18. Introduction to Developing a Torah Personality

18.9. Torah Personality Appendix 3


Thus, our specific Jewish commitment rests on our universal commitment, and one cannot address oneself only to the specific elements while totally ignoring the general and the universal ones. Therefore, in delineating what a ben-Torah should be striving for, the initial level of aspiration is a general one: to be a mensch, to hold basic universal values, to meet normative universal demands.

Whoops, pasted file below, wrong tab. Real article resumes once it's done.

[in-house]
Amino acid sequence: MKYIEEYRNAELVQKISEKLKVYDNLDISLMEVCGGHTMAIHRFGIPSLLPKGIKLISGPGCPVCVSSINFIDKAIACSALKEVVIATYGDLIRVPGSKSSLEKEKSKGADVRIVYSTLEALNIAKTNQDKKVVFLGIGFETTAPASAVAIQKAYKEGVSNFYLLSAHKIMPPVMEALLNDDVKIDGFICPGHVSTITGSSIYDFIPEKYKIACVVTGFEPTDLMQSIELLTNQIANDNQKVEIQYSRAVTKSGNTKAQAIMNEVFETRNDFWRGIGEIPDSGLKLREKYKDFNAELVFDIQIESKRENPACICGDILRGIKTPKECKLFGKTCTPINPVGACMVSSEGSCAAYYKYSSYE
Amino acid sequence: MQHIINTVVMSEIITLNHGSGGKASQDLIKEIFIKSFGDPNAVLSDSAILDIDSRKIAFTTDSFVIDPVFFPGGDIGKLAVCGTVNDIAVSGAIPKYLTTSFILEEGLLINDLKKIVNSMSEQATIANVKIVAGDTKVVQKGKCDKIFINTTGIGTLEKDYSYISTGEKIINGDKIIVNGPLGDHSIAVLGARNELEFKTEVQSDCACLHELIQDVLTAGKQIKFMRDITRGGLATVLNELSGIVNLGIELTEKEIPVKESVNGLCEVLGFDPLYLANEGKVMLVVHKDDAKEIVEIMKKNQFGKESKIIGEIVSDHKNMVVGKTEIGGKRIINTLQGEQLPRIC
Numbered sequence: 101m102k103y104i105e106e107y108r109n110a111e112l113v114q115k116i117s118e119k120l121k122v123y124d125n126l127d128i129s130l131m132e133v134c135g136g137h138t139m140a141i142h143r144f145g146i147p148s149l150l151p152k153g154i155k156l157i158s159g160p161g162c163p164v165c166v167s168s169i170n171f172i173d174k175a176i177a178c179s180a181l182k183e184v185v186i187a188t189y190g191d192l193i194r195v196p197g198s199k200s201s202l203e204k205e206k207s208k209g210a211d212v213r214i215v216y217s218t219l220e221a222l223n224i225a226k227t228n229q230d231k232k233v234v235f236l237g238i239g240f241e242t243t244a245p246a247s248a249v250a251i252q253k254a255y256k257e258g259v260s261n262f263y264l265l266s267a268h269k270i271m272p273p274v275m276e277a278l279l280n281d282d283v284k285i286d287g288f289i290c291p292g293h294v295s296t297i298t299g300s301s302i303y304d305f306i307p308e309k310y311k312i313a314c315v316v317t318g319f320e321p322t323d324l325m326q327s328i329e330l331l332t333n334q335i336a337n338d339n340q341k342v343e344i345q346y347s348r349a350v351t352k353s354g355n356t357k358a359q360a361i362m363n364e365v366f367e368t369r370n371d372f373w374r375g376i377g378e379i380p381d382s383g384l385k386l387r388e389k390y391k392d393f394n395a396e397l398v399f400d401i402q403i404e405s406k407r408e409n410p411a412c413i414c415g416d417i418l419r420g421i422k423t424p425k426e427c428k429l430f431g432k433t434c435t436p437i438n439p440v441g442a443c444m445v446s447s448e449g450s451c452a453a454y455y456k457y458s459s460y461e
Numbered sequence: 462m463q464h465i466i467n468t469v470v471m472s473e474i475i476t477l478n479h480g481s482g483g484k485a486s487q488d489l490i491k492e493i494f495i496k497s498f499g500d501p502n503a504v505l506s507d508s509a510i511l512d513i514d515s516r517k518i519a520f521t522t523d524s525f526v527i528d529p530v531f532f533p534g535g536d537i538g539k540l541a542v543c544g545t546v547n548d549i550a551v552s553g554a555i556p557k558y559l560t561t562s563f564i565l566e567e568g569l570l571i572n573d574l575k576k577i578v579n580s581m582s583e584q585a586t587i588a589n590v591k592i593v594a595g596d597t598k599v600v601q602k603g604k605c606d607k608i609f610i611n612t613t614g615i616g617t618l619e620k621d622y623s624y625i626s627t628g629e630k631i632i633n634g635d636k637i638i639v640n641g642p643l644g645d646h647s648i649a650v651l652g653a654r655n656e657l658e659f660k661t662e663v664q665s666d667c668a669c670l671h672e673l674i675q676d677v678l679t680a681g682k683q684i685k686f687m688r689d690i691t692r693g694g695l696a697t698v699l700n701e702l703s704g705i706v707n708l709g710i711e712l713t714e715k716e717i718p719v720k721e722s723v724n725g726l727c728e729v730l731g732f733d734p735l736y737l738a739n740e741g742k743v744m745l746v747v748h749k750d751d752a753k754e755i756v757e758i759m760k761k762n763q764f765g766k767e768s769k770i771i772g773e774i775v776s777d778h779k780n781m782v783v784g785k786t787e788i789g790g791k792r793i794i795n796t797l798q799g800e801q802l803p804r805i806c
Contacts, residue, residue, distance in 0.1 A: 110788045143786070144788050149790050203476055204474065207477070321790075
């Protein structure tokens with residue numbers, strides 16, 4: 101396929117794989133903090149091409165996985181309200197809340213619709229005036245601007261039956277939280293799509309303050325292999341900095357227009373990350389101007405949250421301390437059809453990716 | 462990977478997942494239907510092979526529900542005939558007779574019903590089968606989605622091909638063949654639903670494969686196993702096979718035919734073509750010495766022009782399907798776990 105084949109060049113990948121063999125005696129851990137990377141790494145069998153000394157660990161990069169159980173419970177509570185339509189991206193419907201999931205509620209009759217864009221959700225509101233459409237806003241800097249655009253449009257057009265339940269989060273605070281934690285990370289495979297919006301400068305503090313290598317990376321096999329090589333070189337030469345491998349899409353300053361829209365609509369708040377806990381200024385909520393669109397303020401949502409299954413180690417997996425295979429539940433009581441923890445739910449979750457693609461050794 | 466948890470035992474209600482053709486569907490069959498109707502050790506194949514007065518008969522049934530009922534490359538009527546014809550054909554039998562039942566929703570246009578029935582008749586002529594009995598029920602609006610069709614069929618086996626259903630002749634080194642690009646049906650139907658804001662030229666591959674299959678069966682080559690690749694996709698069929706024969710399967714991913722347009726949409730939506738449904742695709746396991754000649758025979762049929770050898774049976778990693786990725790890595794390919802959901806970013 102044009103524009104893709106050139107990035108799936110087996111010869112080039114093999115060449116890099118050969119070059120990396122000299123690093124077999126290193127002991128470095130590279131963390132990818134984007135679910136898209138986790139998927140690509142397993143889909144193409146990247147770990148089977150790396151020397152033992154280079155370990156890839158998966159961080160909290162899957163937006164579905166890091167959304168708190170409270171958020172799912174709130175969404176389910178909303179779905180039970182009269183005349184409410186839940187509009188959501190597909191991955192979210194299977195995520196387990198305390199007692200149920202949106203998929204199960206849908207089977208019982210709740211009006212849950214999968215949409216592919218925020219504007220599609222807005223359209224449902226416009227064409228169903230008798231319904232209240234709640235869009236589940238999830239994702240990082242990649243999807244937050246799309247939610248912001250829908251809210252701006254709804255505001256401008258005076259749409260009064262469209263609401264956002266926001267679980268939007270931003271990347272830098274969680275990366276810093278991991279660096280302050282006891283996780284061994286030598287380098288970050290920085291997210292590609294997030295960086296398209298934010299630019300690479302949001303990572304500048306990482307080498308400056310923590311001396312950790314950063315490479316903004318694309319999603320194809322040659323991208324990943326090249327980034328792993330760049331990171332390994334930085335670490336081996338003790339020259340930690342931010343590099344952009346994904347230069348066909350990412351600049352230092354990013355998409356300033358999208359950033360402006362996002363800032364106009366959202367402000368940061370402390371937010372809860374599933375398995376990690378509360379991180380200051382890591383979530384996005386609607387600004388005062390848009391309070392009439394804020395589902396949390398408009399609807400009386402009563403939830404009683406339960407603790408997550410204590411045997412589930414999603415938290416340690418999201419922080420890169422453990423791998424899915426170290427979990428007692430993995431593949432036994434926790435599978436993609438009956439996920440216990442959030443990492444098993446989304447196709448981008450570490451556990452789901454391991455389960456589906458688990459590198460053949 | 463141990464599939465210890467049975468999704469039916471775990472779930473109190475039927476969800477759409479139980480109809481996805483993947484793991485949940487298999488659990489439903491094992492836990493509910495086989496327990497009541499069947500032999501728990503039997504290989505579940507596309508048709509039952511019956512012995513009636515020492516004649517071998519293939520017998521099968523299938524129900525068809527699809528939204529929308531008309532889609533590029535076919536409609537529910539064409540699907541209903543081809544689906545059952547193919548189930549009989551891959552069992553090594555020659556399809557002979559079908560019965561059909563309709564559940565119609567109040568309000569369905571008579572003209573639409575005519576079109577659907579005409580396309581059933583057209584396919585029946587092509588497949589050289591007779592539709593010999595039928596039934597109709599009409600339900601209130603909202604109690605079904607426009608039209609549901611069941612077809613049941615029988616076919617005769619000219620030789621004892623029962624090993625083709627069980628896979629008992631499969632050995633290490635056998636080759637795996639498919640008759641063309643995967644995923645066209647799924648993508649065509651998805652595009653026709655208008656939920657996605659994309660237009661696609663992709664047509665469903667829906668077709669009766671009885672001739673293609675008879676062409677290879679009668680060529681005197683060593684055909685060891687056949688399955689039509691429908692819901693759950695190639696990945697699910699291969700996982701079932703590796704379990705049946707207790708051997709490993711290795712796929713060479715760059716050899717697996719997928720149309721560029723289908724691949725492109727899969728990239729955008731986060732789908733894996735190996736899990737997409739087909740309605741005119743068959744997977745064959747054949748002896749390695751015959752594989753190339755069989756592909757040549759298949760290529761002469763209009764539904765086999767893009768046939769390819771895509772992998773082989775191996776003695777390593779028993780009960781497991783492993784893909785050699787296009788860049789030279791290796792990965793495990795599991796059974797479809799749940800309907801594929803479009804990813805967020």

This point has no bearing upon the question of the temporal sequence via which a person attains his values. I mentioned before that Chazal say there was a period stretching over millennia during which the world had derekh eretz and didn’t have Torah. This does not mean that, moving from the macrocosm to the microcosm, one therefore should practice the same while educating his children, saying, “We’ll devote the first ten or so years to making a mensch out of him, and then when he is bar-mitzva we will see to it that he becomes an observant Jew as well.” Obviously, with- in the world in which we live, this is not an advisable option. If you want your child to be a ben-Torah and a shomer mitzvot, you have to imbue him with values of Torah and yirat Shamayim from a very early age. But this still means that as he grows and matures, he must be given to understand that he needs to address himself to various levels of obligation, one being universal and the other specific to him as a Jew.